Beautiful butterfly at home: growth in photos!

Last week, my mum found a caterpillar ravaging her young lemon tree. It had, like most caterpillars, camouflaged itself and blended in so smoothly that it managed to live unspotted right under her nose for days before the damage to the plant was too apparent to be missed. The caterpillar had eaten much of the leaves and shoots in a span of just 2-3 days and so my mum considered the fellow to be more active than any of the other caterpillars that we occasionally find on the plants at home. But that wasn't what caught my curiosity when she called me over to show it - the caterpillar was different from any that I had seen anywhere in Male'! This caterpillar was larger (~1cm across and ~3cm in length) and really sinister looking.

I decided to put the caterpillar under observation, afterall a caterpillar is just the larva stage of a butterfly and should go through the various stages over a few days to become a full grown adult butterfly. Over the course of almost 2 weeks, I watched as it first continued to consume leaves all day and then go into stasis for the pupa stage and remain apparently lifeless for several days, before (quite suddenly and unseen to me) the pupa metamorphosized into a beautiful large adult butterfly. The fellow had red spots/blotches on the hindwings, few white streaks on the forewings and was black everywhere else and sported wings with a wingspan of ~10-14cm.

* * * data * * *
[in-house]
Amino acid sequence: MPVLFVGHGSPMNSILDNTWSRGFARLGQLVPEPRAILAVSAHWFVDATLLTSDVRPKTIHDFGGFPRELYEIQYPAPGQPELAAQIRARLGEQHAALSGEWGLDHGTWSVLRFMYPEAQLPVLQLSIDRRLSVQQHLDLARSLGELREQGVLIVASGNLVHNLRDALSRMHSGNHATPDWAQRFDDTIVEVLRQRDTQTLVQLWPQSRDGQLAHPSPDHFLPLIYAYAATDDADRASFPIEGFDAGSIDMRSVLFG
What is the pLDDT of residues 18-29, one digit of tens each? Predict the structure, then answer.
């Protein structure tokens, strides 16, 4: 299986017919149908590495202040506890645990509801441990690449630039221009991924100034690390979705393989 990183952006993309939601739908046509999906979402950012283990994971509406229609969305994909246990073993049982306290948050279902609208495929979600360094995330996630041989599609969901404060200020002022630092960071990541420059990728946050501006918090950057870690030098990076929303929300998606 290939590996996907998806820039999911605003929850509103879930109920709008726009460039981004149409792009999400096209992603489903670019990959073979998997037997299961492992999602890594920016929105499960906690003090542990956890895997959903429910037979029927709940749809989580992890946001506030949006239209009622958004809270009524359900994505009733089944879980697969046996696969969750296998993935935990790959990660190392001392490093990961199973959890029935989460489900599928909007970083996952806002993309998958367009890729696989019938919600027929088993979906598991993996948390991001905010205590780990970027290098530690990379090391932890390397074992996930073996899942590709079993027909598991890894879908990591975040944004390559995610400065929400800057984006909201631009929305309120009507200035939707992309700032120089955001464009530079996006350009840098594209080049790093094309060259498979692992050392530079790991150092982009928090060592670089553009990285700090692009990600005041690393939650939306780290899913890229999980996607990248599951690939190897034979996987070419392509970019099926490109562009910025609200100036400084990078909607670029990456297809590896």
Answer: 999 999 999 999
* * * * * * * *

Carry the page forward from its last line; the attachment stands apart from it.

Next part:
The butterfly was of a specie I had not seen here in Male' previously, though its existence does necessitate that a butterfly laid eggs on the plant recently - quite unlike the way of the sudden-uncaused-creation ("gudhurathee ufedhun") of caterpillar larvae that some of our visitors and neighbours claim(ed)! I still am not sure what these butterflies are called but from all the web searches and butterfly indexes that I've gone through since, I am pretty sure this butterfly belongs to the Swallowtail Papilionidae family in the Papilionoidea class of butterflies. The most similar looking butterfly that I could find was the Common Rose butterflies which bear striking similarities. It might also be related to the Citrus Swallowtail specie too since the larva was found on a citrus tree plant and the caterpillars look very similar but the adult butterfly looks different while the Crimson Rose family has adult butterflies that look very similar but different caterpillars. This is, ofcourse, all just speculation simply based on my (very) crude and limited phenotypic observations and I could be wayyyy off mark...

Here are some pictures I snapped in keeping up with the development of this beautiful insect. The latter three stages (of the total four) of a butterfly have been captured to my best ability: the larva, the pupa and finally, the adult. Enjoy!





Soon after metamorphosis: the "tails" of the wings breaking off

Adult black butterfly with red spots, white streaks...

Adult/Imago close up - see the neat proboscis!?

The pupa shell that was left behind


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